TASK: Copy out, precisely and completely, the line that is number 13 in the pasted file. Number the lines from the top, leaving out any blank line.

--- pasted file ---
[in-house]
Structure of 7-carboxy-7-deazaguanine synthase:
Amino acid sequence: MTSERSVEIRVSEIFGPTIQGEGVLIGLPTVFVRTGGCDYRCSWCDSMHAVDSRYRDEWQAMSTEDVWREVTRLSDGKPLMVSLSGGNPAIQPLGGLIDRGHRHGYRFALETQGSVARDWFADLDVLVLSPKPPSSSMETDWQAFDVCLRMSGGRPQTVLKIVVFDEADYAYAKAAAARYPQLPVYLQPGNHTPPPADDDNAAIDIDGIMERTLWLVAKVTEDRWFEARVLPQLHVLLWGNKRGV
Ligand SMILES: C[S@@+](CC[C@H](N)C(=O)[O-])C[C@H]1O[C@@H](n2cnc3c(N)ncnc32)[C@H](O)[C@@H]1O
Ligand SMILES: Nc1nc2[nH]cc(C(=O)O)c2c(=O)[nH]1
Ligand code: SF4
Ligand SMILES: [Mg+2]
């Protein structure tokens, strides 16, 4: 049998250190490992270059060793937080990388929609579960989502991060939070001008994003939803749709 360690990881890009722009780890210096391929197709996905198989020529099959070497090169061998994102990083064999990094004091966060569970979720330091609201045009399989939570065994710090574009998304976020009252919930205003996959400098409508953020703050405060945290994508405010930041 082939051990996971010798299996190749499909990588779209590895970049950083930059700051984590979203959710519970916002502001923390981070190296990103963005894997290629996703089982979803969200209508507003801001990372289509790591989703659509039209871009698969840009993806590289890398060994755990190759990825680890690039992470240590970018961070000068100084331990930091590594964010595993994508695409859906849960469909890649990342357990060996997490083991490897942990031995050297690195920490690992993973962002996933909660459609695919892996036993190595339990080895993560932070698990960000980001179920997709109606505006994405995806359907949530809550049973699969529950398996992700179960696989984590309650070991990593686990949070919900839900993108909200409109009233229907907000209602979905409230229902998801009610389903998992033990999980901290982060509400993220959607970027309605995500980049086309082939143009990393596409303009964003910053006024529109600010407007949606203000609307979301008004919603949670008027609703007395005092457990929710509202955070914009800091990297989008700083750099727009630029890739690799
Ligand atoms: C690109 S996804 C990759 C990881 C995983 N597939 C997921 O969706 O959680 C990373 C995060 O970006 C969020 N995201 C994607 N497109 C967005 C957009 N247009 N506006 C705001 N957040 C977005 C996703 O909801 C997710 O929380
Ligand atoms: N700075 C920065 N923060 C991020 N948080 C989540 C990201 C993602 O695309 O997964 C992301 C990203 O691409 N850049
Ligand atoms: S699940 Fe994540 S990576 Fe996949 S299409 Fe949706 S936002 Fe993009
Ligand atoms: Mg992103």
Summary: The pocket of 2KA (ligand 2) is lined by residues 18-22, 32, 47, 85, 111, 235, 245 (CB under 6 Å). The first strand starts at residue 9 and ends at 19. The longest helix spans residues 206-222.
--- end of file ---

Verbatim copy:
Summary: The pocket of 2KA (ligand 2) is lined by residues 18-22, 32, 47, 85, 111, 235, 245 (CB under 6 Å). The first strand starts at residue 9 and ends at 19. The longest helix spans residues 206-222.